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ANALYSIS: Legal Tech Training Less Effective in Online Community

Dec. 1, 2020, 9:18 AM

Legal technology use continues to rise, and according to Bloomberg Law’s Legal Technology Survey 2020, technology training is generally quite effective. The exception? Online community training. Although many respondents believe this forum would be beneficial, those who have tried it aren’t particularly impressed.

Let’s Get Personal

According to the results from the legal tech survey, more than nine out of 10 respondents who receive either in-person or remote one-on-one legal technology training find it effective. Webinars—a form of remote training—are also effective. According to our data, the more personal the training provided, the better the trainee will fare, regardless of whether that attention is in person or remote. These training types allow participants to ask experts questions in real time, boosting understanding of intimidating technical concepts.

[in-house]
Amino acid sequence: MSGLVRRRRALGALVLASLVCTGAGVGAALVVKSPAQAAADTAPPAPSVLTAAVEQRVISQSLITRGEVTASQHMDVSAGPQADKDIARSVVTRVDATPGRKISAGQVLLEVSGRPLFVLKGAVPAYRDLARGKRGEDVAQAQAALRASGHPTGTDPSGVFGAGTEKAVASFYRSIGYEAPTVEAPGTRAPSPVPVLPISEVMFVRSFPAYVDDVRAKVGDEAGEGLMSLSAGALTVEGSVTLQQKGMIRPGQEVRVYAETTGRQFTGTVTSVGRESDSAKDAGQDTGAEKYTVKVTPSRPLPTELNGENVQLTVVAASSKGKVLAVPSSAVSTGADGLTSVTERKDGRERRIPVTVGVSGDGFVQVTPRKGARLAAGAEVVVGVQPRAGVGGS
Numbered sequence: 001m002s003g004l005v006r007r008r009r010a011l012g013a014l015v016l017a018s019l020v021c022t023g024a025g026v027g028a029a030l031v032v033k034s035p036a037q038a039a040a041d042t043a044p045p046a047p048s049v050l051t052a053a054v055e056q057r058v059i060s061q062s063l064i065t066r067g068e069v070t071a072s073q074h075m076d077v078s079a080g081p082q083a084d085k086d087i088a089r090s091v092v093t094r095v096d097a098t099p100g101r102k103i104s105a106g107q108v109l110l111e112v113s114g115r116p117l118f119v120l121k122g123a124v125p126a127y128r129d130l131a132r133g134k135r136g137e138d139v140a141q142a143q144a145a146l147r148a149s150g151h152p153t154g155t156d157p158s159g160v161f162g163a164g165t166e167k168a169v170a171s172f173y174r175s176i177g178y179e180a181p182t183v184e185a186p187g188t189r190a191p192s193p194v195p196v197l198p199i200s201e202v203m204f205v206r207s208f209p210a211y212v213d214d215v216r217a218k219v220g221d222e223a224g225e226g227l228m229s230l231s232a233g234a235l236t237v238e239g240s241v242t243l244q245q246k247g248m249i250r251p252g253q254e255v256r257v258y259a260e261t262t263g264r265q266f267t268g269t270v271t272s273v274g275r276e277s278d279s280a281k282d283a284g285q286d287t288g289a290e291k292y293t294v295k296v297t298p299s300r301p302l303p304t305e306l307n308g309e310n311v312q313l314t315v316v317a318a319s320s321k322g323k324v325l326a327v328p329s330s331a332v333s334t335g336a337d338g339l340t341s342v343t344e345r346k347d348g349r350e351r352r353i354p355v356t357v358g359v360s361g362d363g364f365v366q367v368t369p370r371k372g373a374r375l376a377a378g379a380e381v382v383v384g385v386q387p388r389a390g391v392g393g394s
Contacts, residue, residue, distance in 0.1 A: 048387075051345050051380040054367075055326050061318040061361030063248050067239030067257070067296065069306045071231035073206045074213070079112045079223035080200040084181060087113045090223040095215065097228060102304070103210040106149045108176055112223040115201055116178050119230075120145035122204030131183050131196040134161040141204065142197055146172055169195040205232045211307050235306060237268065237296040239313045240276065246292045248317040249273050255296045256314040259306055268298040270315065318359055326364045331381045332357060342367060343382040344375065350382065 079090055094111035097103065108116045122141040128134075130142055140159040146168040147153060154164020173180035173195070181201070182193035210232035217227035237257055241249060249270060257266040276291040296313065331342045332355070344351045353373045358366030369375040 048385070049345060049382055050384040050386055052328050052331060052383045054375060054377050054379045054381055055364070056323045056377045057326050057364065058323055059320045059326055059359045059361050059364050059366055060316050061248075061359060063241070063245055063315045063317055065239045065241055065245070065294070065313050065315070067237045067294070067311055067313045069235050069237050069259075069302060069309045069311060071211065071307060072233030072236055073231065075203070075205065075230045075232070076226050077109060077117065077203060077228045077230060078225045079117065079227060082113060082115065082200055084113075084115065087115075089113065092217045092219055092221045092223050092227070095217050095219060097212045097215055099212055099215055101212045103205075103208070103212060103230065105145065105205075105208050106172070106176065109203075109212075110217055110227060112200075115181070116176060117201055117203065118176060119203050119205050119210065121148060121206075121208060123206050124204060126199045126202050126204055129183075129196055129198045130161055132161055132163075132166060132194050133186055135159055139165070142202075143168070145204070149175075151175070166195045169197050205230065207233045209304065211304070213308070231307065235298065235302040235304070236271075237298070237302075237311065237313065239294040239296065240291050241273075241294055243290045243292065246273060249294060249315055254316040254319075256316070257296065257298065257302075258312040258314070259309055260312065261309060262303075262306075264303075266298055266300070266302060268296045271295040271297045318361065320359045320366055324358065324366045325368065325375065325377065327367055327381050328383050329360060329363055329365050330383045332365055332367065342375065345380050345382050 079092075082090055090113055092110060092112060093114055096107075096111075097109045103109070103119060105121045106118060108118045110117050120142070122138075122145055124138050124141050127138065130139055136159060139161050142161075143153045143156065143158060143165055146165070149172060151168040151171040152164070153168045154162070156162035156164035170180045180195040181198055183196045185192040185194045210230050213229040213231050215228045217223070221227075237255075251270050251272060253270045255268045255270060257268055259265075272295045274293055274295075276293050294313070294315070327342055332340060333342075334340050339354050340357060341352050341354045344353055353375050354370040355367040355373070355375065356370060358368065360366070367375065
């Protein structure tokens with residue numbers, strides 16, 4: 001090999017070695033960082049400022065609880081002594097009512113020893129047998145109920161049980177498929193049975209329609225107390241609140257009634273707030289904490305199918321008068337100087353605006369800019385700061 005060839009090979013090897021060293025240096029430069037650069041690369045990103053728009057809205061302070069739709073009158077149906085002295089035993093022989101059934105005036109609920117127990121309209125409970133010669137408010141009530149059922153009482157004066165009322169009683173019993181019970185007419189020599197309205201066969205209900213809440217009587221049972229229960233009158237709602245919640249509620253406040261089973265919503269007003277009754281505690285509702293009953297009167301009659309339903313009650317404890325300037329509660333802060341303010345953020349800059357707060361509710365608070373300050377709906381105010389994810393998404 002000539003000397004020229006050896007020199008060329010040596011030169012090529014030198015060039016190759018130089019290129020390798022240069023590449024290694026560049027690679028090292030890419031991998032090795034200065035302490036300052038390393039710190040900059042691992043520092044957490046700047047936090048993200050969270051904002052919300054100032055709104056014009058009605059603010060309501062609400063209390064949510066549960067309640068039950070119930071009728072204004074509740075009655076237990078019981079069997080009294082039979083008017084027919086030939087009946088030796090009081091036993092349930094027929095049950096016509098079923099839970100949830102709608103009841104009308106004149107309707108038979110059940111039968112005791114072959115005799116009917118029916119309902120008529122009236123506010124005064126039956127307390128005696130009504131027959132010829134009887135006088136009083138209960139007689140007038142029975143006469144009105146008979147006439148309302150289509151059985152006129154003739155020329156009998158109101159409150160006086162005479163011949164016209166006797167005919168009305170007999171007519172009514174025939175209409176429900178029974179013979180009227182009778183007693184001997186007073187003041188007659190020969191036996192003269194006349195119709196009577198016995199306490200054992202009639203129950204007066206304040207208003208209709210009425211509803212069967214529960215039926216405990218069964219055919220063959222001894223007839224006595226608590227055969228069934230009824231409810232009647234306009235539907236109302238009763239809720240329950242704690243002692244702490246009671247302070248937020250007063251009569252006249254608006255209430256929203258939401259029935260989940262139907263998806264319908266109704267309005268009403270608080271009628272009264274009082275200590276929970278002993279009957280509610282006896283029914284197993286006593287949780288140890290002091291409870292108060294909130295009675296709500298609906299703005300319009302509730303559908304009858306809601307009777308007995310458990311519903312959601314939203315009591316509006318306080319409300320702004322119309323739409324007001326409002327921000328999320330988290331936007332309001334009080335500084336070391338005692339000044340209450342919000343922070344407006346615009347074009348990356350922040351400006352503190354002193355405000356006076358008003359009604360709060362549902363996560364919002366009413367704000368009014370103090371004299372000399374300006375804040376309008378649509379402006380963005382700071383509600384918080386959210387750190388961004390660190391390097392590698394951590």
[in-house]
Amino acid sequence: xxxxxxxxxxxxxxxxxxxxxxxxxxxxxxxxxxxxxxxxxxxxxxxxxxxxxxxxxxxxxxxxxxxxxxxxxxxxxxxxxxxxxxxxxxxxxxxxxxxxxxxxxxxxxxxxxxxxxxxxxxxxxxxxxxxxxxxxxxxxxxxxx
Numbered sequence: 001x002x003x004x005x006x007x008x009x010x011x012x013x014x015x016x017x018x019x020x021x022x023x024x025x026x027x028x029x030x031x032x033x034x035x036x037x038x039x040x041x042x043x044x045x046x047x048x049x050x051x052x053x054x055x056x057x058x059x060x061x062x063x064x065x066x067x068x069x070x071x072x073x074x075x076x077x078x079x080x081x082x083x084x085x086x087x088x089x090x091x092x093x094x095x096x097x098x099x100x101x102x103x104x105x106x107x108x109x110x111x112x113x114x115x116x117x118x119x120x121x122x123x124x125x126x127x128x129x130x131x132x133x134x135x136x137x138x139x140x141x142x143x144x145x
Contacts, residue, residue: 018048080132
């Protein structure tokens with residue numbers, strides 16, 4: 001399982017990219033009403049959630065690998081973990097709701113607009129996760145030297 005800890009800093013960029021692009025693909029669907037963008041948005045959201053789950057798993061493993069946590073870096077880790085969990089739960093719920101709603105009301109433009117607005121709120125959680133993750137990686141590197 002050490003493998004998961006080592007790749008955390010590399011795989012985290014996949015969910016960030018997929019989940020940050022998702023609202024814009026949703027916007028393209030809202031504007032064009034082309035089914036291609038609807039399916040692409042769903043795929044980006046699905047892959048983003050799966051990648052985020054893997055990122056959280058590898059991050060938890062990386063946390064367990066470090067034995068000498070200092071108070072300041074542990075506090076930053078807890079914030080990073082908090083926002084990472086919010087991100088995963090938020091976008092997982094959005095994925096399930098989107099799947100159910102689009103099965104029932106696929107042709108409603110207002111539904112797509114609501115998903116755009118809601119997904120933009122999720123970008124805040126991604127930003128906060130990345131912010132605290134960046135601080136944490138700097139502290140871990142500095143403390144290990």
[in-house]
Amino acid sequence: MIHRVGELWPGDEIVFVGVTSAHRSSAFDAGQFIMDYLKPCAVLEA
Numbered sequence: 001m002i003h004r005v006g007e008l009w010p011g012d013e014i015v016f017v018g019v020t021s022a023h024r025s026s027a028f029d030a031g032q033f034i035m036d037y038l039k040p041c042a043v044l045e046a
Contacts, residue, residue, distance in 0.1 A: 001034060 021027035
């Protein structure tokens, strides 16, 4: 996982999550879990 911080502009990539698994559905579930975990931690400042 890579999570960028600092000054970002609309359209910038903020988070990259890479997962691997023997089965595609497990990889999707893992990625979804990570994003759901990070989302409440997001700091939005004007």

Online Community Training Falls Short

Online community trainings typically consist of reference libraries, how-to videos, and community support forums. Although this type of support may be beneficial if it’s a supplement to other, more hands-on training methods, only half of lawyers said they find online community training to be effective.

These forums are generally casual, with no obligation on the part of expert advisers to respond to lawyers’ questions. Lawyers who utilize these forums may encounter well-intentioned novices giving bad advice or multiple participants dispensing contradictory instructions.

A Misperceived Benefit

As low as lawyers’ opinions on the effectiveness of online community training are, the survey results show that they still perceive the method as being better than it actually is, as two-thirds (67%) of respondents who have not received online community training reported that it would be beneficial.

Based on these results, those in charge of organizing legal tech training should focus on more structured methods that feature personal attention, and only consider online communities as a supplement to other types of training that are more tailored to the learner.

Bloomberg Law subscribers can find related content on our In Focus: Legal Technology resource.

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